Caffeine addiction is a common, everyday part of modern American life. Coffee, lattes, espressos, energy drinks. I will admit: I think caffeine is great. It wakes you up when you’re dead tired (poor quality sleep: another huge part of American life), helps you focus, and makes you feel good.
It’s is also an addictive substance that can wreak havoc on your health and well-being if you’re not careful. Sure. Compared to other drugs, caffeine addiction is pretty tame. But it still sucks, and it keeps you from experience the full benefits of caffeine.
This is about beating a caffeine addiction: why you should, how to do it, and how to change your caffeine habits to avoid getting addicted again.
Before I get started, check out my other blog post on using caffeine to maximize productivity. I go over some of the ways caffeine can alter your brain chemical balance. Now with that out of the way:
You’ll become so reliant on this drug, you can’t get anything done without it. Even now, you’re probably dead tired without caffeine. Without it you get headaches. You lose all motivation to do anything, and you may even get depressed. Not only that, but sleep won’t make you feel rested anymore.
Caffeine becomes a crutch at this point. You NEED it to be functional at all. And no matter how much you take, you’ll never get an energy boost from caffeine anymore. And what do you think is going to happen when you CAN’T get your hands on some for whatever reason?
Building off of Reason #2, too much caffeine will make you sleep deprived. Even if you set aside 8+ hours a night for sleep, your body won’t really be sleeping. Caffeine disrupts the sleep cycle. Your body basically won’t know WHEN to sleep.
And with that comes all the health problems of sleep deprivation:
You probably already know that if you go without caffeine for a little while, its effects would get stronger. That’s absolutely true.
Two weeks ago, I fucked up and started drinking a lot of caffeine for about 2 weeks. I started getting diminishing returns. 1-2 cups of coffee didn’t really give me an energy boost, it only really gave me a feeling of “normal.” Sleep didn’t make me feel rested at all anymore. So, I decided to go without caffeine for 3-4 days.
The first 2 days sucked. No energy, no motivation, sleeping 12+ hours a day, headaches. The whole shebang.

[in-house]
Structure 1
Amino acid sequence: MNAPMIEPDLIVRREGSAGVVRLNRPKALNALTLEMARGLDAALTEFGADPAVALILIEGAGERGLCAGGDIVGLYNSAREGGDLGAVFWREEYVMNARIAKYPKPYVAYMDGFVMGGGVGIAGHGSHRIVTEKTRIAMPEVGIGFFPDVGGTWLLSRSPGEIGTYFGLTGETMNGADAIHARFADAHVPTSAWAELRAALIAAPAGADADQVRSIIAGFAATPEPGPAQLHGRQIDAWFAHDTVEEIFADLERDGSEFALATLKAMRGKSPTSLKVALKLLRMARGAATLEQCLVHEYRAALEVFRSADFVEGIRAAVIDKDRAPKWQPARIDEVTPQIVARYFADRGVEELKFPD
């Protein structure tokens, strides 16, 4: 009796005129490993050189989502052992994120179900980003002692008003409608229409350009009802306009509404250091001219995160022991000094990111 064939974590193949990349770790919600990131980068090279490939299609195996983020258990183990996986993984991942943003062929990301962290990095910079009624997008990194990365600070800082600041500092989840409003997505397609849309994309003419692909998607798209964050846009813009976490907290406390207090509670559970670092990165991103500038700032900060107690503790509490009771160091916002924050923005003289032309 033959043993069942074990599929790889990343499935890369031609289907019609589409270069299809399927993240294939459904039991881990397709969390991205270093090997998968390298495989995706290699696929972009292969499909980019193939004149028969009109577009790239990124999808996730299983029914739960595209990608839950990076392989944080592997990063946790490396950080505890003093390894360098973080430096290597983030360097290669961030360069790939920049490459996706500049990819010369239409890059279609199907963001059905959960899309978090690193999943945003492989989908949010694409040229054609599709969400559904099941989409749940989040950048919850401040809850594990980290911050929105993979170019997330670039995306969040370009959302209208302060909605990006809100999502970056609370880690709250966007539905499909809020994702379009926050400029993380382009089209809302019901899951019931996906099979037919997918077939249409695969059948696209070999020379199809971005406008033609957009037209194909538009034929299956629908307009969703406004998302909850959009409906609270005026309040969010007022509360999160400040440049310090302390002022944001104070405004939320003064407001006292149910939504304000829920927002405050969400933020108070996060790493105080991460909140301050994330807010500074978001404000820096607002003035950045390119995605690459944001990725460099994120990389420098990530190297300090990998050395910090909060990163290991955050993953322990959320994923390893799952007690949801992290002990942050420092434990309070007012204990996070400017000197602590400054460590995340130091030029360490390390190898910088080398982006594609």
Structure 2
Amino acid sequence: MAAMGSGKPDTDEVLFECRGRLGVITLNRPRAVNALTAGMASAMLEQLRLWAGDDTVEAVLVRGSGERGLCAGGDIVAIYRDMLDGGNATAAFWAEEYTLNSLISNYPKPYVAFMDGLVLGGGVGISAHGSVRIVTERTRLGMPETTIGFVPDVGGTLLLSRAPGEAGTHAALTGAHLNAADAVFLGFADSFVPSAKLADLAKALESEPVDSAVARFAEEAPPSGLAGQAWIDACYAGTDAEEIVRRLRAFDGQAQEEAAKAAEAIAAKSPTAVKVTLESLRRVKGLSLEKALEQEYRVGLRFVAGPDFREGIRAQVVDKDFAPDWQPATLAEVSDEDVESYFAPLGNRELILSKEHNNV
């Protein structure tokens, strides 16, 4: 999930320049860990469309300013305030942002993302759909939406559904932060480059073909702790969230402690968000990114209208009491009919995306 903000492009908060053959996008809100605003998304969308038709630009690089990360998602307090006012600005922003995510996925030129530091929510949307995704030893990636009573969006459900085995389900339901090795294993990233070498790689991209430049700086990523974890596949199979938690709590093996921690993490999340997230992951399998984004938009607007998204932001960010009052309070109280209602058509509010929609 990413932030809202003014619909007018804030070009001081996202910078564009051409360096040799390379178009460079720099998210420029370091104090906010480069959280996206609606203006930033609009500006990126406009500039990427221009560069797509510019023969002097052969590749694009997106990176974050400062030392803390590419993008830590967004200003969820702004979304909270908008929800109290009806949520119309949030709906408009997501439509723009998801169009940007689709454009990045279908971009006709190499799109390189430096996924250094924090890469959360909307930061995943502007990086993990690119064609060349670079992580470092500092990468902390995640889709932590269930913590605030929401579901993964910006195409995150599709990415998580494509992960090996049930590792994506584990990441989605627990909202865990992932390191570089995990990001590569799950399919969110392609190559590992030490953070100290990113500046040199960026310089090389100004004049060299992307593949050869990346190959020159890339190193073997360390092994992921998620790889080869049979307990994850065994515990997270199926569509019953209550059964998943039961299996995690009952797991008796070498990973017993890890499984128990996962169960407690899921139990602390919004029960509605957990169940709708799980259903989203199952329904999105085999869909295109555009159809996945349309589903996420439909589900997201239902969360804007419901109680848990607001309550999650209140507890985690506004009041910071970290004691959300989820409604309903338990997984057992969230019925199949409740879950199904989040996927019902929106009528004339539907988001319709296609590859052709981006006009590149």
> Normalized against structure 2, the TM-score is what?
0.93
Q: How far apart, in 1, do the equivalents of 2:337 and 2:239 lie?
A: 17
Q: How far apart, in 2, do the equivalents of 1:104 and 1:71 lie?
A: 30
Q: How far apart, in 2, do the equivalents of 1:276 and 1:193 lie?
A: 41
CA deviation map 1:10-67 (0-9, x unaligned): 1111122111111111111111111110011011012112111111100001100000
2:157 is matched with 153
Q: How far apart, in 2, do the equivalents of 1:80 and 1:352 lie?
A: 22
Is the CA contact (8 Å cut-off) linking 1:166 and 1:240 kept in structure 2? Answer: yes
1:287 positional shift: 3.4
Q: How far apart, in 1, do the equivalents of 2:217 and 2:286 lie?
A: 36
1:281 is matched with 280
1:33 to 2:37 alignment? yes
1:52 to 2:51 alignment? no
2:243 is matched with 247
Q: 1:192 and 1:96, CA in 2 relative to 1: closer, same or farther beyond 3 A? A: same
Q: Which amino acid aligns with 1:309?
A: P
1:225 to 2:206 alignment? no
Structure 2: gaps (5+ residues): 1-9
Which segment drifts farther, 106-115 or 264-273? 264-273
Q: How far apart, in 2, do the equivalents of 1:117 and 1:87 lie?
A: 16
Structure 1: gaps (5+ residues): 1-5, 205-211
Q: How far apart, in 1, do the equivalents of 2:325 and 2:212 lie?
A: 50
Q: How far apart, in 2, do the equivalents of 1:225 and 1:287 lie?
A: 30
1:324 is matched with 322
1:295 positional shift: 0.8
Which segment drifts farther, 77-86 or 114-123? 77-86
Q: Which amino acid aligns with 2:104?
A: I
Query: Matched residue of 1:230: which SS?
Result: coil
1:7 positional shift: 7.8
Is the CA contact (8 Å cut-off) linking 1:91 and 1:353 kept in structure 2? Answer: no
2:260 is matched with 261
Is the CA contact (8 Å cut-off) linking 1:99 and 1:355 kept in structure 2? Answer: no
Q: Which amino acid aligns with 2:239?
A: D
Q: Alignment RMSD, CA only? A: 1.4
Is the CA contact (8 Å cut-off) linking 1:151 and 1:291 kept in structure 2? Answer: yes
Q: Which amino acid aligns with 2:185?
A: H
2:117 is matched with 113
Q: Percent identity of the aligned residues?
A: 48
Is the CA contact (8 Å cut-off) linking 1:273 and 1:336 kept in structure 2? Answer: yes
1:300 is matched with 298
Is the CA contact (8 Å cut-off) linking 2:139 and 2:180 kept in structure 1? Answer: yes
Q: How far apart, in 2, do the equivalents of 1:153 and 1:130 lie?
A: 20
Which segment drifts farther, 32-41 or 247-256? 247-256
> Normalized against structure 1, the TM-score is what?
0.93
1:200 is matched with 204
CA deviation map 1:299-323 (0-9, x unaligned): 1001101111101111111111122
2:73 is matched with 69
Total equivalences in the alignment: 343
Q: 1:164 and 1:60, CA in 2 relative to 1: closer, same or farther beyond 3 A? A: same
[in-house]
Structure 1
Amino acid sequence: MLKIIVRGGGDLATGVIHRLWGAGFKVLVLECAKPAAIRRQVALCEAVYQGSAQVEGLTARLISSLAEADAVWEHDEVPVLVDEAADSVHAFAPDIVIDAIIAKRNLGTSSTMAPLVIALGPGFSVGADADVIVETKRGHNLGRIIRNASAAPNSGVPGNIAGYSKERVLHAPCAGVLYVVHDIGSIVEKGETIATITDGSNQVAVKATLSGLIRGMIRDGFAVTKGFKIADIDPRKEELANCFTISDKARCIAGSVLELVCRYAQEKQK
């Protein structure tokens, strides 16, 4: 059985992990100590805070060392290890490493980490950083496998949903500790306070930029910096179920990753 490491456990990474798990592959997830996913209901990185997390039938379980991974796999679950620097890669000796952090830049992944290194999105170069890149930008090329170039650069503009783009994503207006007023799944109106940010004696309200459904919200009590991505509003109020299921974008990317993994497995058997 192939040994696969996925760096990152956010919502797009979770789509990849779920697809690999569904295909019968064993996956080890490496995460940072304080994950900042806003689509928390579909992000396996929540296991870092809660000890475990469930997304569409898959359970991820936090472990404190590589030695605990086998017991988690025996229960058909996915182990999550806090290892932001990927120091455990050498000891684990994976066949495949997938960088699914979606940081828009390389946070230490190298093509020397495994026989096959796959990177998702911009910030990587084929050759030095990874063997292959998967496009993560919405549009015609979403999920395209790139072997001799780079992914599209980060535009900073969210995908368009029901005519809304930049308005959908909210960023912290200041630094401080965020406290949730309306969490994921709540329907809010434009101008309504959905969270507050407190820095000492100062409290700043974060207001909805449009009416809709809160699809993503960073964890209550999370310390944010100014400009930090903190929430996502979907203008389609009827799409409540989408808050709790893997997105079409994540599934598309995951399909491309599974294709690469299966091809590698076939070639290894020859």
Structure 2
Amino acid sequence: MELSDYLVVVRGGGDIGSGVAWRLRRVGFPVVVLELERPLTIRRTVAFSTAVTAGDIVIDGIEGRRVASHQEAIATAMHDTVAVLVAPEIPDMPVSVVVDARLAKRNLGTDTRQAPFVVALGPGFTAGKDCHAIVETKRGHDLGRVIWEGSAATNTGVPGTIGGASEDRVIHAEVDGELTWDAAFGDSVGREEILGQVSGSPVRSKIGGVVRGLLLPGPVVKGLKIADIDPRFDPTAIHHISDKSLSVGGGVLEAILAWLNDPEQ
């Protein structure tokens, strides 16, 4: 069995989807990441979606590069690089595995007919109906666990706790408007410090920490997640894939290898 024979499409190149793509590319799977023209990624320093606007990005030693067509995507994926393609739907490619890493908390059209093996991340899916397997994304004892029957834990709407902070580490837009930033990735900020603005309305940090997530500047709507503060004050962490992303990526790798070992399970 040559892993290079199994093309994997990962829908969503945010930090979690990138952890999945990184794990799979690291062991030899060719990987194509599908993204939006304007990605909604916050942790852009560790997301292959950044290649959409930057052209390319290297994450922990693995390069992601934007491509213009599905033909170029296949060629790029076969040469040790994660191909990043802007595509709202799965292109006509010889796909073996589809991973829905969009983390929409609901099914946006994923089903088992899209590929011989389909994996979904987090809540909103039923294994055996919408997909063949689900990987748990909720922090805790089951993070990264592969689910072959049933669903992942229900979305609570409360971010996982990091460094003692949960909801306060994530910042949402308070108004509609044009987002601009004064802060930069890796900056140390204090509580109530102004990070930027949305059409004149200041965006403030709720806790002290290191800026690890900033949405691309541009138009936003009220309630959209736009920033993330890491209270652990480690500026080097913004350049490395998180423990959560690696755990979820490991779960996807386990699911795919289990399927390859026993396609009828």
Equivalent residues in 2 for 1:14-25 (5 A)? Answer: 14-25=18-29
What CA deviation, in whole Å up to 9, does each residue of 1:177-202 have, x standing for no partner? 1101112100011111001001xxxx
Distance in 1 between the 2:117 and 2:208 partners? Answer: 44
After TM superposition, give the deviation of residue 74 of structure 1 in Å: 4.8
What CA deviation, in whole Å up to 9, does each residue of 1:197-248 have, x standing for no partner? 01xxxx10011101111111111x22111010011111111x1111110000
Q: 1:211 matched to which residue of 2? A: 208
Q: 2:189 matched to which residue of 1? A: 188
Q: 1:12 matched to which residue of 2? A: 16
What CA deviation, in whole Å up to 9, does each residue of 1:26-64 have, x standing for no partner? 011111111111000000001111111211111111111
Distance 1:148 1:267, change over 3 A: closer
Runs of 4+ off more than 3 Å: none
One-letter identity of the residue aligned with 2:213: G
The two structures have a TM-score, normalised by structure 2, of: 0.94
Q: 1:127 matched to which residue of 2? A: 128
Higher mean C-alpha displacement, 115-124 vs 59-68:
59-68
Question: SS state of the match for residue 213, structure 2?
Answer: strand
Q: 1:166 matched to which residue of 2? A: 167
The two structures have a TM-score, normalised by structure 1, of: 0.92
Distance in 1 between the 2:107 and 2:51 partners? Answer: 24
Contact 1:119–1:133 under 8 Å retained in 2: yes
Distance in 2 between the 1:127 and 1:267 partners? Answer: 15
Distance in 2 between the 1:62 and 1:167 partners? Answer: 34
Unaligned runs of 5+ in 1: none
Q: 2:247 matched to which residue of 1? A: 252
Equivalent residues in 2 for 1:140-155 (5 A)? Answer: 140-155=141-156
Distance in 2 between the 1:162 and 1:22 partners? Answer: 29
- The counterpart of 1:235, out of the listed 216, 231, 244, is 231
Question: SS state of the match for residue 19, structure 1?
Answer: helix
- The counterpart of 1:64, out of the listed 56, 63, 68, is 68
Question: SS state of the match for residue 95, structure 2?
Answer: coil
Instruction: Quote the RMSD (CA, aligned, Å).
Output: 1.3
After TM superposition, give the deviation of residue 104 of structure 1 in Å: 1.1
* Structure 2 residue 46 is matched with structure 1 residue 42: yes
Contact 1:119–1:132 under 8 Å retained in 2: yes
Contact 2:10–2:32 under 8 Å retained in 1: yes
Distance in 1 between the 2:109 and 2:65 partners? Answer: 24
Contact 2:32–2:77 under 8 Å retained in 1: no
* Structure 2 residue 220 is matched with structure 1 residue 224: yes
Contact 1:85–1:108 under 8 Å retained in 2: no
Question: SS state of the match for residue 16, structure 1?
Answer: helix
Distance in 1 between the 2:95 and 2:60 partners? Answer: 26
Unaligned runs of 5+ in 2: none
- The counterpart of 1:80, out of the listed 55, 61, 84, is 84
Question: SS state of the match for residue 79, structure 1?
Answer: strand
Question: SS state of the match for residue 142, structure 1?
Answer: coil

It was like I was having coffee for the first time in my life. Focus, energy, and mood were higher than I ever could have imagined. I think you should go without caffeine for a few days just to experience this yourself.
You should beat caffeine addiction to avoid becoming to dependent on it, to get better sleep, and to experience much stronger benefits.
There’s two ways of doing this: Cold Turkey and Cutting Back Gradually. Cold turkey means you stop taking caffeine completely. I recommend cold turkey, IF YOU’RE ABLE TO DO IT.
The reason is because no matter what method you choose, you’re going to feel like shit. Instead of dragging it out by cutting back gradually, just go full-on cold turkey and get it over with. Like ripping off a band-aid: be quick and get it over with.
In this case, you should cut back gradually. You’re caffeine addiction is so strong, if you stop taking it all of a sudden, the cumulative withdrawal symptoms (the “caffeine hangover”) may actually kill you (or at least make you feel like you’re going to die).
You’ll have full-blown migraines. You’ll be sleeping 12+ hours a day for the next week. Your whole body is going to be sore, like you just finished American Ninja Warrior right after running a marathon in the Grand Canyon. You may even experience full-on clinical depression.
Instead of all that, just cut back your coffee by one cup (about 100 mg of caffeine) a week until you’re down to a cup or two a day (about 100 to 200 mg of caffeine). You’ll feel like shit, but it won’t be NEARLY as bad as stopping caffeine altogether. ‘
Once you reach this point, you can choose to go cold turkey.
I recommend going cold turkey from caffeine for at least four days, a week if you can manage it. Start the cold turkey process during a vacation period or on a weekend when you’re off work. The first 1-2 days will be the worst, so it should ideally happen on a day when you don’t have a lot of obligations like work or school.
When going cold turkey, you should do your best to avoid ANYTHING with caffeine in it. Coffee and tea are obvious. Other food and drink with caffeine include protein/energy bars, chocolate, and soda. Drink plenty of water and just sleep whenever you’re tired or have a headache.